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Editorial: Rethinking Cap

According to FCC sources, the commission’s acting chairwoman, Mignon Clyburn, has circulated a notice of proposed rulemaking (NPRM) that would do away with the UHF discount on station ownership.

That is the rule that counts only one-half of the households in a market toward the FCC’s 39% national ownership cap. The regulation dates from the days when UHF stations were the red-headed stepchild of the TV band, its often-fuzzy signals tunable only with great difficulty.

All that has long since changed. With the DTV transition, UHF is now beachfront spectrum due to its propagation characteristics, and the FCC is busy trying to encourage broadcasters to give up that property for wireless.

Granted, it’s hard to make a case for preserving the discount, given that drastic shift in fortune. But speaking of drastic shifts in fortune, it would not be fair to apply the change retroactively, or use it to undo any deals in the pipeline.

According to communications attorneys, there is nothing technically stopping the FCC from voting the item and applying a new rule to the “supergroup” deals currently before it. In fact, the NPRM apparently asks whether it should be applied to the supergroup deals in the pipeline. Though getting rid of the discount would not prevent a Sinclair purchase of Allbritton, the timing would seem to send a signal that the FCC is concerned about the size of those groups and would limit Sinclair’s further expansion. That would harken back to former FCC chairman Julius Genachowski’s proposal to count some TV joint agreements as ownership under the local caps, which appeared to some to be a Sinclair-targeted move.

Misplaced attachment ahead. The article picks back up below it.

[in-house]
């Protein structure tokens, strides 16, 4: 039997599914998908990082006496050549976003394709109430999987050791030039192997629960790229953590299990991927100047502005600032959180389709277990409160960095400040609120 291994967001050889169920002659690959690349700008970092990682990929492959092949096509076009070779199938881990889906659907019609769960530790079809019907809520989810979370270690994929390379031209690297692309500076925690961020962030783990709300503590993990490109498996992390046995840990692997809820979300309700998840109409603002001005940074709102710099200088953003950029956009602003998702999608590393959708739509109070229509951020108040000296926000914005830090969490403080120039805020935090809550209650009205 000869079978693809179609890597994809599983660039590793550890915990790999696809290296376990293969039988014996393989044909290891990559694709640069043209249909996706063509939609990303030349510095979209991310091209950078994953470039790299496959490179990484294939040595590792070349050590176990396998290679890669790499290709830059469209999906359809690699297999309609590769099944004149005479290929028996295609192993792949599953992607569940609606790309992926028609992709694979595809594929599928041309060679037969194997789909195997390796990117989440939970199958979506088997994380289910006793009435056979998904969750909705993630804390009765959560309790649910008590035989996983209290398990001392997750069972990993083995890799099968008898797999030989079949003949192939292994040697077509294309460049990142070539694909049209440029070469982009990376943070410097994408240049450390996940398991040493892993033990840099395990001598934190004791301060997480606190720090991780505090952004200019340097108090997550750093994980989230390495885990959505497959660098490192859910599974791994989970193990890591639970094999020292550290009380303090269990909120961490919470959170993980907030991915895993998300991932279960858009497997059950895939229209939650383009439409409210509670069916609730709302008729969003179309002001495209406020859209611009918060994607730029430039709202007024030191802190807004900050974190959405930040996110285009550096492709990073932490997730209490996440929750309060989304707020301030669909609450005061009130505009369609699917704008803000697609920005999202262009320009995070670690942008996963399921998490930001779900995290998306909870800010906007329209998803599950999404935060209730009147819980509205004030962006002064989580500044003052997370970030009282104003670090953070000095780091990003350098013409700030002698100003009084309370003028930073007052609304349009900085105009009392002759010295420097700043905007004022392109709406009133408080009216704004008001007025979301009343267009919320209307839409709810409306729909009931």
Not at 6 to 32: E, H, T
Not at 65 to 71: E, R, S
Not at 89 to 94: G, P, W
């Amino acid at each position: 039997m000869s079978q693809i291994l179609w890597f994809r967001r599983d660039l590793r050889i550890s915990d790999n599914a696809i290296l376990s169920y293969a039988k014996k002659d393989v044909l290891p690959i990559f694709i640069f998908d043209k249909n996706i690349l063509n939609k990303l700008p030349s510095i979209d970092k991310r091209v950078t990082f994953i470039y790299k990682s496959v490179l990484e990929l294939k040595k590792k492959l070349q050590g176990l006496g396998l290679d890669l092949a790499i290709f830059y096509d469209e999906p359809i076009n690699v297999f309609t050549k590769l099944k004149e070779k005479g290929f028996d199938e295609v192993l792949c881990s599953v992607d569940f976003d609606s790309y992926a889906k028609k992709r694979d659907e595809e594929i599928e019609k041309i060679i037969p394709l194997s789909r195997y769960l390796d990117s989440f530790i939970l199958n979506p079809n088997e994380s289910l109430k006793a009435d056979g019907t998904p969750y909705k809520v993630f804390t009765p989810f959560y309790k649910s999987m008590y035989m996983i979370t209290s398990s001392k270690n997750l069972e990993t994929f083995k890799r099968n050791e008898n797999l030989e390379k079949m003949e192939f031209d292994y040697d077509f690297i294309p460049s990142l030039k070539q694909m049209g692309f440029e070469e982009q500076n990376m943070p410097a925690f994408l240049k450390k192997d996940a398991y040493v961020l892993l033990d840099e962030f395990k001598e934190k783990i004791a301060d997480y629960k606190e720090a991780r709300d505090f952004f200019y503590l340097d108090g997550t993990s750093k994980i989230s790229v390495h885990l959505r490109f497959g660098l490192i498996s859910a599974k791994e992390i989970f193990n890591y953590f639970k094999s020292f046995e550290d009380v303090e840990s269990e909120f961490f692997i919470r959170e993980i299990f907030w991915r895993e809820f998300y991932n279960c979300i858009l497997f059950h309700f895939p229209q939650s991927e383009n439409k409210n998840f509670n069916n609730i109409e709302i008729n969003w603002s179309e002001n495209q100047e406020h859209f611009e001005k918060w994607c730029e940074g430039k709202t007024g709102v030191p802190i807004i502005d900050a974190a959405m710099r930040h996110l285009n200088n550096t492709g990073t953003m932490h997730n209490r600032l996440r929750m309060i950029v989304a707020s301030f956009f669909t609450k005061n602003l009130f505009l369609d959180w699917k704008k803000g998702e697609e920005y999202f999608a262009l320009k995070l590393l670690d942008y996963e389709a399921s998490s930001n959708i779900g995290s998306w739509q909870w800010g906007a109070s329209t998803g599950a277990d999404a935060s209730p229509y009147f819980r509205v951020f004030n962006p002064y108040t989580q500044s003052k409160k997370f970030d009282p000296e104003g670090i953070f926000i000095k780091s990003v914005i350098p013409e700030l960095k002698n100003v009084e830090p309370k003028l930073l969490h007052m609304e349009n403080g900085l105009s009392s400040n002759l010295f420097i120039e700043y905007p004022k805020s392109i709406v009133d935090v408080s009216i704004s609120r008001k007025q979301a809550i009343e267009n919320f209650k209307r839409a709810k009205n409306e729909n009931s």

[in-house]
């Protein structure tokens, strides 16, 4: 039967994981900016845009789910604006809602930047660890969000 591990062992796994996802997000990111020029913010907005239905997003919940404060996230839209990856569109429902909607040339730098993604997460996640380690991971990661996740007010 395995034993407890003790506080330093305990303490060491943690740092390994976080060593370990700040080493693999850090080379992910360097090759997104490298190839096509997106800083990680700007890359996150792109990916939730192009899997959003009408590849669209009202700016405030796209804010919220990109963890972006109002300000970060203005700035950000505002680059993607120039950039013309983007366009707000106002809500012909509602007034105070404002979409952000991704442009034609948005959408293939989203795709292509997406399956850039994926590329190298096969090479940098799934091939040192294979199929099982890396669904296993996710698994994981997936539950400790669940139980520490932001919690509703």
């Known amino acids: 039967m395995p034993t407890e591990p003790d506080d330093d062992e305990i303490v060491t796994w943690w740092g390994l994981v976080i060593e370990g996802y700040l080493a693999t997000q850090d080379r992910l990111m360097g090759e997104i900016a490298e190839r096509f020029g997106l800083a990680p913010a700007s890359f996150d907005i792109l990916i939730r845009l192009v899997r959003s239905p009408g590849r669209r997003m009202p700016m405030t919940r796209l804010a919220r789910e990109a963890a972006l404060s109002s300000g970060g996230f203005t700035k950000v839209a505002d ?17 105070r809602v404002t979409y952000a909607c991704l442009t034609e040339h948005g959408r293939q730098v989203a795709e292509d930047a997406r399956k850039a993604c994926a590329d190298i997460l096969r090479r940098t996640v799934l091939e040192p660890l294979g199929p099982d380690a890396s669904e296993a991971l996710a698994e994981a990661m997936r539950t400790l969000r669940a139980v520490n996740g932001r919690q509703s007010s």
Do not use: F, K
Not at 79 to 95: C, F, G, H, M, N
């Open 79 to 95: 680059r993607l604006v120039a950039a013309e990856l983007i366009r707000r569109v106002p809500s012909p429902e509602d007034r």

If the FCC votes to end the discount, it should grandfather current groups and make its decision on the deals it is currently vetting—Sinclair/ Allbritton, Gannett/Belo, Tribune/Local TV (the last of which might run into UHF discount problems)—before imposing the new limits since those agreements were predicated on the rules as they stood.

And while ending the discount appears to make sense on its face, the timing is not the best. And imposing any new limits, rather than easing others, seems to be another one of those shoves toward the tar pits by the commission.

As with joint sales and operating agreements and the UHF discount, broadcasters are using existing rules to try to provide the regulatory relief denied them by the decade of inaction on lifting the newspaper/ broadcast cross-ownership rules or loosening ownership limits. If FCC leadership means it when they say they want a vibrant broadcasting business, it sends the wrong message by picking this moment to start limiting their ability to generate revenue, create larger and more stable companies and try new business models.

Our hope is the FCC is simply signaling that it recognizes the “supergroup” phenomenon and the relevance of the UHF discount issue that has been kicking around since the 2009 DTV transition. It is an NPRM seeking comment after all, not an FCC order. The commission under Clyburn is opening dockets on those deals as well, in the interests of transparency. So long as that does not translate into hasty action the FCC will repent in court, the acting chairwoman is simply doing her job.